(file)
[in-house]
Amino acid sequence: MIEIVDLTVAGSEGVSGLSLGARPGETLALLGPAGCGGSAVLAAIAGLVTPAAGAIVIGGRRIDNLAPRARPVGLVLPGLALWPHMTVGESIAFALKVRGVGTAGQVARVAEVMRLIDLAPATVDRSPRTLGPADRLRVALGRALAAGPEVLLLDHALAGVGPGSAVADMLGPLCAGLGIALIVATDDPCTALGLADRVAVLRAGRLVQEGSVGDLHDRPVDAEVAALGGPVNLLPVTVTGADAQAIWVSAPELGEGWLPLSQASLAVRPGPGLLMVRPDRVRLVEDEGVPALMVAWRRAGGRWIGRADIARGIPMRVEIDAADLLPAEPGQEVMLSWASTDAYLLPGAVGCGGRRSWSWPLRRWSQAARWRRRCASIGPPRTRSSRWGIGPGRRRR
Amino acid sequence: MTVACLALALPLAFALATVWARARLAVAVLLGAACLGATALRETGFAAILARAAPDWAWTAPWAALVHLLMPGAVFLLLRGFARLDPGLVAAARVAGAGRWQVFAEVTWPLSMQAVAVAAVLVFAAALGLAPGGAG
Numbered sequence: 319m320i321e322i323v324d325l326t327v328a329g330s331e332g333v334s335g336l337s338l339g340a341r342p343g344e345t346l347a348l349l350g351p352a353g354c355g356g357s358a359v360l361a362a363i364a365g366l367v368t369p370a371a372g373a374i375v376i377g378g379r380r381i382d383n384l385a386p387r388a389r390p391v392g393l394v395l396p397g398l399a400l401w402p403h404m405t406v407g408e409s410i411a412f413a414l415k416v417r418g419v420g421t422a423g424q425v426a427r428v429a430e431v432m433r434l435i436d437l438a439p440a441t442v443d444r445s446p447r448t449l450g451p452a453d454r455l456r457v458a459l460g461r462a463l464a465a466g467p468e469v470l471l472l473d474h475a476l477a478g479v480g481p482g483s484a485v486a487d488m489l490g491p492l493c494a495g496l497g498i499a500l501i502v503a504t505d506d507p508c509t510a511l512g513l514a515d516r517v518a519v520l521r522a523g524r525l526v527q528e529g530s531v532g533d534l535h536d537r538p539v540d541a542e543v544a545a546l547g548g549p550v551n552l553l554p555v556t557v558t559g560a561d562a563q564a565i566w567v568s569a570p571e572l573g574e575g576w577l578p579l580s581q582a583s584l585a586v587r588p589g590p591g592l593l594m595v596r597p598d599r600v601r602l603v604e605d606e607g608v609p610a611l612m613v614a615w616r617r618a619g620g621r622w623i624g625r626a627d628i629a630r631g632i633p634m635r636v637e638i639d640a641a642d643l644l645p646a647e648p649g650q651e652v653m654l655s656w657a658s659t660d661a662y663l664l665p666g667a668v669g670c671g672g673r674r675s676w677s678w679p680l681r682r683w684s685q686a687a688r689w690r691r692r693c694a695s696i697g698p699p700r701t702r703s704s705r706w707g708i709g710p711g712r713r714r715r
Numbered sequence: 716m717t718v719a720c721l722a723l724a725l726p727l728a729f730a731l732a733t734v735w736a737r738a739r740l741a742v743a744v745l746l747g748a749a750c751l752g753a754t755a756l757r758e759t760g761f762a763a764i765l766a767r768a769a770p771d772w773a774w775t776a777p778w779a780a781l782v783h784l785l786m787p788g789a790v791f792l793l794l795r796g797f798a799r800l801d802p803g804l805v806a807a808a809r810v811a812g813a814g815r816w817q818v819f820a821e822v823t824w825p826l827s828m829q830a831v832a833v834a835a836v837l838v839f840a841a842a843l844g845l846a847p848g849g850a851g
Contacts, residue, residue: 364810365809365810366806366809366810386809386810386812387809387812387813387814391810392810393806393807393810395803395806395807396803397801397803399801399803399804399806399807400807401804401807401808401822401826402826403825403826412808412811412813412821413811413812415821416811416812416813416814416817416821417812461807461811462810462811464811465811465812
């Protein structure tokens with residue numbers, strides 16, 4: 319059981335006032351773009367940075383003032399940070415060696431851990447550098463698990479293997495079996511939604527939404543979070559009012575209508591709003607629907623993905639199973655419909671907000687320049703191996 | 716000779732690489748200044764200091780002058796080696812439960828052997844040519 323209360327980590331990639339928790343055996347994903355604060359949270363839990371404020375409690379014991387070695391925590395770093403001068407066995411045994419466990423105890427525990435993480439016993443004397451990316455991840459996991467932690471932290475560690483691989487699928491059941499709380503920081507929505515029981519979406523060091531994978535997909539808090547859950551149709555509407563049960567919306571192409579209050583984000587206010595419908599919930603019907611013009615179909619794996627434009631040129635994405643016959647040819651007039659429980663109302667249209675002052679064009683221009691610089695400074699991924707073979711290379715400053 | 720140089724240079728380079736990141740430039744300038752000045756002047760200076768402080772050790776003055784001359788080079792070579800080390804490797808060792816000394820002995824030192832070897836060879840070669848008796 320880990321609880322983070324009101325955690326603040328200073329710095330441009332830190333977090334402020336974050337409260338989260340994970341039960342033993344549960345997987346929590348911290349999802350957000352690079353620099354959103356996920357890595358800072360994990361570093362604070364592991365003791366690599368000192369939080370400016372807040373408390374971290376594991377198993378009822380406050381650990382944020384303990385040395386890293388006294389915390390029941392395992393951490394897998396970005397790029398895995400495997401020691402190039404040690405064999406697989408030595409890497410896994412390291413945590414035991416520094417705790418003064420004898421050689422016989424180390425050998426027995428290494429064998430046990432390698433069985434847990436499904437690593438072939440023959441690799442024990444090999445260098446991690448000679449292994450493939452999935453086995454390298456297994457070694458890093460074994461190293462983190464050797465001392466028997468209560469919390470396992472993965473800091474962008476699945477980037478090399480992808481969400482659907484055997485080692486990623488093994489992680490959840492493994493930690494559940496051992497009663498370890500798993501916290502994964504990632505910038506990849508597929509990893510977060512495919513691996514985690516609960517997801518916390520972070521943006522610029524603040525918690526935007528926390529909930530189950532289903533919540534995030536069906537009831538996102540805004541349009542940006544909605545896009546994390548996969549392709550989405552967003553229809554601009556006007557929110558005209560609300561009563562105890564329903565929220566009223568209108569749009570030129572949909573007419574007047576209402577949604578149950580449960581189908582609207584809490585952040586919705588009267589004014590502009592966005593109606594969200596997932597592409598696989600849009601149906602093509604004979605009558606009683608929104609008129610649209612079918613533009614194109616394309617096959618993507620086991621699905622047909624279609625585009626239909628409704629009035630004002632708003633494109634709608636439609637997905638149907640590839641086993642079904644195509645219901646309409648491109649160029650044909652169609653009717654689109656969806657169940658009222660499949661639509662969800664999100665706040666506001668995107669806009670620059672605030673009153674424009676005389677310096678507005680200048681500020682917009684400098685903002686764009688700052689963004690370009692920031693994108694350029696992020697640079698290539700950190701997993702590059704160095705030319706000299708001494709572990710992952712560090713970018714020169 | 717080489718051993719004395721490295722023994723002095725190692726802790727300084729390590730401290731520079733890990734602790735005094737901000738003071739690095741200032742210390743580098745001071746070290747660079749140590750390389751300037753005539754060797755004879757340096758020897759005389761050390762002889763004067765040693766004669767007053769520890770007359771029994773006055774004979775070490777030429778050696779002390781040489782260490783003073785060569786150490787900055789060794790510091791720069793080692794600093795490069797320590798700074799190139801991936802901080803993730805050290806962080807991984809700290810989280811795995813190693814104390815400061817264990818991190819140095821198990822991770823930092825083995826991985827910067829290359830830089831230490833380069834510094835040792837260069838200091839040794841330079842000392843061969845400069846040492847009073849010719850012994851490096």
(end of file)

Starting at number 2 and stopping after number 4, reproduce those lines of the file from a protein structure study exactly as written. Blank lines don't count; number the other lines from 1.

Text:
Amino acid sequence: MIEIVDLTVAGSEGVSGLSLGARPGETLALLGPAGCGGSAVLAAIAGLVTPAAGAIVIGGRRIDNLAPRARPVGLVLPGLALWPHMTVGESIAFALKVRGVGTAGQVARVAEVMRLIDLAPATVDRSPRTLGPADRLRVALGRALAAGPEVLLLDHALAGVGPGSAVADMLGPLCAGLGIALIVATDDPCTALGLADRVAVLRAGRLVQEGSVGDLHDRPVDAEVAALGGPVNLLPVTVTGADAQAIWVSAPELGEGWLPLSQASLAVRPGPGLLMVRPDRVRLVEDEGVPALMVAWRRAGGRWIGRADIARGIPMRVEIDAADLLPAEPGQEVMLSWASTDAYLLPGAVGCGGRRSWSWPLRRWSQAARWRRRCASIGPPRTRSSRWGIGPGRRRR
Amino acid sequence: MTVACLALALPLAFALATVWARARLAVAVLLGAACLGATALRETGFAAILARAAPDWAWTAPWAALVHLLMPGAVFLLLRGFARLDPGLVAAARVAGAGRWQVFAEVTWPLSMQAVAVAAVLVFAAALGLAPGGAG
Numbered sequence: 319m320i321e322i323v324d325l326t327v328a329g330s331e332g333v334s335g336l337s338l339g340a341r342p343g344e345t346l347a348l349l350g351p352a353g354c355g356g357s358a359v360l361a362a363i364a365g366l367v368t369p370a371a372g373a374i375v376i377g378g379r380r381i382d383n384l385a386p387r388a389r390p391v392g393l394v395l396p397g398l399a400l401w402p403h404m405t406v407g408e409s410i411a412f413a414l415k416v417r418g419v420g421t422a423g424q425v426a427r428v429a430e431v432m433r434l435i436d437l438a439p440a441t442v443d444r445s446p447r448t449l450g451p452a453d454r455l456r457v458a459l460g461r462a463l464a465a466g467p468e469v470l471l472l473d474h475a476l477a478g479v480g481p482g483s484a485v486a487d488m489l490g491p492l493c494a495g496l497g498i499a500l501i502v503a504t505d506d507p508c509t510a511l512g513l514a515d516r517v518a519v520l521r522a523g524r525l526v527q528e529g530s531v532g533d534l535h536d537r538p539v540d541a542e543v544a545a546l547g548g549p550v551n552l553l554p555v556t557v558t559g560a561d562a563q564a565i566w567v568s569a570p571e572l573g574e575g576w577l578p579l580s581q582a583s584l585a586v587r588p589g590p591g592l593l594m595v596r597p598d599r600v601r602l603v604e605d606e607g608v609p610a611l612m613v614a615w616r617r618a619g620g621r622w623i624g625r626a627d628i629a630r631g632i633p634m635r636v637e638i639d640a641a642d643l644l645p646a647e648p649g650q651e652v653m654l655s656w657a658s659t660d661a662y663l664l665p666g667a668v669g670c671g672g673r674r675s676w677s678w679p680l681r682r683w684s685q686a687a688r689w690r691r692r693c694a695s696i697g698p699p700r701t702r703s704s705r706w707g708i709g710p711g712r713r714r715r